Before his final throw, U.S. shot putter Joe Kovacs found his coach in the crowd at the world championships Doha. That coach also happened to be his wife, Ashley, who in the last year helped convince Kovacs not to retire.
She reminded him of the goal going into the competition — set a personal best and get onto the podium. Kovacs went back to the circle, lifted the 16-pound ball and prepared to heave.
“I took a big breath,” he said. “But when I put that ball in the neck, I felt everything line up.”
Kovacs recorded that personal best. He moved from fourth place to first. He had launched the joint-fourth-best throw in history — 22.91 meters, or 75 feet, 2 inches — and the farthest in 29 years.
Kovacs, the 2015 World champion who earned silver at the Rio Olympics and 2017 World Championships, beat the reigning Olympic champion Ryan Crouser and reigning world champion Tom Walsh of New Zealand each by one centimeter. All threw farther than the previous world championships record in what was the greatest shot put competition in history.
Kovacs, taught the shot put by his mom in a Pennsylvania school parking lot, re-emerged as the world’s best after a rough couple of years. In 2018, he was fifth at the USATF Outdoor Championships. He lost his Nike sponsorship. He wasn’t getting invited to Diamond League meets.
“I was hearing everybody kept trying to tell me that I should be done,” the 30-year-old said. “And I honestly thought maybe I should kind of hang it up.”
He spoke to his wife, a former thrower at Kentucky who has two master’s degrees and now coaches Kovacs and others at Ohio State. They wed last November.
“We said, you know, our goal is through Tokyo,” he said. “Let’s put it all together and let’s go full speed ahead.”
This season, Kovacs was sixth, third, fourth and fifth in Diamond Leagues before placing second at nationals. He was relieved simply to make the world championships team. Crouser, who on April 20 launched the world’s best throw since 1990, and Walsh were still a class above. It was still that way going into the final round on Saturday night. Then Kovacs launched the throw of his life and let out roar after roar before the distance was recorded.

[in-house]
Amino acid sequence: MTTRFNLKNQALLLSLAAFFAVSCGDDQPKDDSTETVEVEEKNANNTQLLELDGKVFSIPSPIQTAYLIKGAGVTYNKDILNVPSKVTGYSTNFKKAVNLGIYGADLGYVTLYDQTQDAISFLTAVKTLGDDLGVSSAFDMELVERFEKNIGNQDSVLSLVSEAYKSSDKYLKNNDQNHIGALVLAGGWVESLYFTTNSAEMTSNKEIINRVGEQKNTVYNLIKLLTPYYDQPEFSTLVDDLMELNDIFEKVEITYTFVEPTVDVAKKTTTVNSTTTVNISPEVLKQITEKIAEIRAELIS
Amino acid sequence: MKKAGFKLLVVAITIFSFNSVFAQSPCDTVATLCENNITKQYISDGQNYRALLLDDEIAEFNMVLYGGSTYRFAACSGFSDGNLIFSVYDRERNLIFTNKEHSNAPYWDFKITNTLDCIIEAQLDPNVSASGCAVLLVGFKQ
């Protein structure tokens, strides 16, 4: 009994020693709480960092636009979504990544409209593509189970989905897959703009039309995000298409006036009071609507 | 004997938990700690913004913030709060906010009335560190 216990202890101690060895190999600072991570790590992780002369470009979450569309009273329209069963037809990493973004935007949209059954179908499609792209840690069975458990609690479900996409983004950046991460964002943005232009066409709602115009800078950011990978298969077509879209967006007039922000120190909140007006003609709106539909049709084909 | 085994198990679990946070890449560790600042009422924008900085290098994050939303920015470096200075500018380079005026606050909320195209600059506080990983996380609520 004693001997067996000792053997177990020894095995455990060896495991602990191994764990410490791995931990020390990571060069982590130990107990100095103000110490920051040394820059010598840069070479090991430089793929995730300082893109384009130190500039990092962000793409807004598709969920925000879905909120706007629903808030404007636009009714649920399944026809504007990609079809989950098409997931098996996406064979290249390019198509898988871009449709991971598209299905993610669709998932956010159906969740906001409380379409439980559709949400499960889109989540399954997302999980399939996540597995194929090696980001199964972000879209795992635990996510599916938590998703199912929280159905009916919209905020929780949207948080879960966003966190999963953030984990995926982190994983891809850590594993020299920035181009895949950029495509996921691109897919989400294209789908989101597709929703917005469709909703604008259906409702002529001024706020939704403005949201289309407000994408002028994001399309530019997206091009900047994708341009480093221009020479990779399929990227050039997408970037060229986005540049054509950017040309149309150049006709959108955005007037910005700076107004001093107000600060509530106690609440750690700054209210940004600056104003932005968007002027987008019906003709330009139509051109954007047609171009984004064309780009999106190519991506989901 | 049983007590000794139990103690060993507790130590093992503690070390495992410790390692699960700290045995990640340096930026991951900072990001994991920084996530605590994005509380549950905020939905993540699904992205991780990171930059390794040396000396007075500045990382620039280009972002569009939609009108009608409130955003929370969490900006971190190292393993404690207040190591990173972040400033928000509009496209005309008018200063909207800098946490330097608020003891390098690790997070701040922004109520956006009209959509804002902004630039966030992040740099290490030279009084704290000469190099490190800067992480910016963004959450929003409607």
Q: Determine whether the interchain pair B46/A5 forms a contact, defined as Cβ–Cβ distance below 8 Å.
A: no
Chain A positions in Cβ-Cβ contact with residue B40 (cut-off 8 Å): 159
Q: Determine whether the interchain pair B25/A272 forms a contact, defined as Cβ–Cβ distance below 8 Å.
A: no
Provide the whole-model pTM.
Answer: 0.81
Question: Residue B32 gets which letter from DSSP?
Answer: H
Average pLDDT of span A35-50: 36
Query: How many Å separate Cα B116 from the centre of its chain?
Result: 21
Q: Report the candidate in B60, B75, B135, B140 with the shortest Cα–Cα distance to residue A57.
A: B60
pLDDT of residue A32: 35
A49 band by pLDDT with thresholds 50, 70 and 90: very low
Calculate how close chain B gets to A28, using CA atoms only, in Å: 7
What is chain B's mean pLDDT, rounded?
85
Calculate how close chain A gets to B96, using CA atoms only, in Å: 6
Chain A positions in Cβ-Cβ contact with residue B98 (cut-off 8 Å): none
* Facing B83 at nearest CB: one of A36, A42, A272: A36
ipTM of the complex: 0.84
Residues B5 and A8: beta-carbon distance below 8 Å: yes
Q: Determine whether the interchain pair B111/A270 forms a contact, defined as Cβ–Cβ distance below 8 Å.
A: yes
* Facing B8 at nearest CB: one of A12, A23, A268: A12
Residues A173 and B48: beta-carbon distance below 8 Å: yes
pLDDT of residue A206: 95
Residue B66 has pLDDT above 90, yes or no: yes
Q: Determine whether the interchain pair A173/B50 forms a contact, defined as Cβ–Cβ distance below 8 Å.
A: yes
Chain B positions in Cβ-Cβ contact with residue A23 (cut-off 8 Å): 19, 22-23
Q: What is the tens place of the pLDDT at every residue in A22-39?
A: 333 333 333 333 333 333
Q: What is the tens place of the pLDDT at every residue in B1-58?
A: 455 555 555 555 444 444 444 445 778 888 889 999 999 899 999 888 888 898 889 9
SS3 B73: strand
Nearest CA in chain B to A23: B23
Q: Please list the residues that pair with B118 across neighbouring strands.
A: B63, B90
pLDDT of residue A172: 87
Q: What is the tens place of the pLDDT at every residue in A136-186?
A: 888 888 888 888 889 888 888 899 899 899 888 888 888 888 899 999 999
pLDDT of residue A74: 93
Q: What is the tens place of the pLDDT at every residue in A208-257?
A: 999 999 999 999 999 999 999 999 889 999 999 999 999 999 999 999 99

“I’m just proud that I was able to stay in my own head and not watch Ryan and Tom throw so far and get tight,” he said.
In other events Saturday, the U.S. men ended a 12-year gold-medal drought in the 4x100m with an American record. The U.S. women earned bronze. More on the relays here.
Sifan Hassan, who fled from Ethiopia for the Netherlands at age 16 as a refugee, became the first runner to sweep the 10,000m and 1500m at a world championships.
Hassan led after each lap and ran away to win in 3:51.95, the sixth-fastest 1500m ever. She did it days after her coach, Alberto Salazar, was banned four years in a U.S. Anti-Doping Agency case.
An emotional Hassan was vehement that she’s a clean athlete and believes in Salazar. Hassan noted that she was atop the world rankings in the 1500m as far back as 2014, two years before she joined Salazar’s Nike Oregon Project. She also said she knew Salazar was under investigation when she joined the group, but she never saw proof of wrongdoing.
“It was a very hard week for me. I was just so angry. I couldn’t talk to anyone. I just ran all out,” she said on the BBC. “I’ve been so good athlete since 2014. Now people just start talking all (expletive).”
Hassan relegated reigning Olympic and world champion and new mom Faith Kipyegon to silver in a Kenyan record and Gudaf Tsegay to bronze in a time that made her the second-fastest Ethiopian in history.
American Shelby Houlihan took a bittersweet fourth in 3:54.99, smashing Shannon Rowbury‘s American record by 1.3 seconds.
“I wanted a medal. I wanted to win,” Houlihan told Lewis Johnson on Olympic Channel. “But, if I can get an American record, you can kind of walk away happy with that.”
Jenny Simpson, the 2011 World champion and Olympic bronze medalist, was eighth in 3:58.42, her fastest time in three years.
Hellen Obiri repeated as world champion in the 5000m, where Hassan would have been the favorite had she entered. Obiri clocked 14:26.72, leading a Kenyan one-two with Margaret Kipkemboi.
Three Olympic champions were eliminated in qualifying for Sunday finals — Americans Brianna McNeal (100m hurdles) and Brittney Reese (by one centimeter in the long jump) and German Thomas Röhler (javelin).
Both U.S. 4x400m teams won heats to advance to Sunday finals.
NBC Olympics senior researcher Alex Azzi contributed to this report from Doha.
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